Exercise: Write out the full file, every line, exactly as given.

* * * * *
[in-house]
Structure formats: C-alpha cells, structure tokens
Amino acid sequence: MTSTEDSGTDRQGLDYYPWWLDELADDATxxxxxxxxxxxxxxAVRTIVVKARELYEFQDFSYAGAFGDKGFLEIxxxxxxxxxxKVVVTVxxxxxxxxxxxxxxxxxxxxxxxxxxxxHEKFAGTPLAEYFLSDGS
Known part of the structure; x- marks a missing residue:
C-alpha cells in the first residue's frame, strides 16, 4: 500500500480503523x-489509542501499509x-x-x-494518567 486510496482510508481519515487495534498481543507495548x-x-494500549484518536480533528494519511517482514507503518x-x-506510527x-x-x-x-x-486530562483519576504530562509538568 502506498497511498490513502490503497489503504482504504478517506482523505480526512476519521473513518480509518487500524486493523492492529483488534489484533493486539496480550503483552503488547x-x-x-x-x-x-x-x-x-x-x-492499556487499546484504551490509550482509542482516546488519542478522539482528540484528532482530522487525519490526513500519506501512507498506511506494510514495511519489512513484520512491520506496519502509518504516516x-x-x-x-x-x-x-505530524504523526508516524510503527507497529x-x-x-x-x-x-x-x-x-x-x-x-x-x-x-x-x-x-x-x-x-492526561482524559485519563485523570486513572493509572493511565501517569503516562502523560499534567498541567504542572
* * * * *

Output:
[in-house]
Structure formats: C-alpha cells, structure tokens
Amino acid sequence: MTSTEDSGTDRQGLDYYPWWLDELADDATxxxxxxxxxxxxxxAVRTIVVKARELYEFQDFSYAGAFGDKGFLEIxxxxxxxxxxKVVVTVxxxxxxxxxxxxxxxxxxxxxxxxxxxxHEKFAGTPLAEYFLSDGS
Known part of the structure; x- marks a missing residue:
C-alpha cells in the first residue's frame, strides 16, 4: 500500500480503523x-489509542501499509x-x-x-494518567 486510496482510508481519515487495534498481543507495548x-x-494500549484518536480533528494519511517482514507503518x-x-506510527x-x-x-x-x-486530562483519576504530562509538568 502506498497511498490513502490503497489503504482504504478517506482523505480526512476519521473513518480509518487500524486493523492492529483488534489484533493486539496480550503483552503488547x-x-x-x-x-x-x-x-x-x-x-492499556487499546484504551490509550482509542482516546488519542478522539482528540484528532482530522487525519490526513500519506501512507498506511506494510514495511519489512513484520512491520506496519502509518504516516x-x-x-x-x-x-x-505530524504523526508516524510503527507497529x-x-x-x-x-x-x-x-x-x-x-x-x-x-x-x-x-x-x-x-x-492526561482524559485519563485523570486513572493509572493511565501517569503516562502523560499534567498541567504542572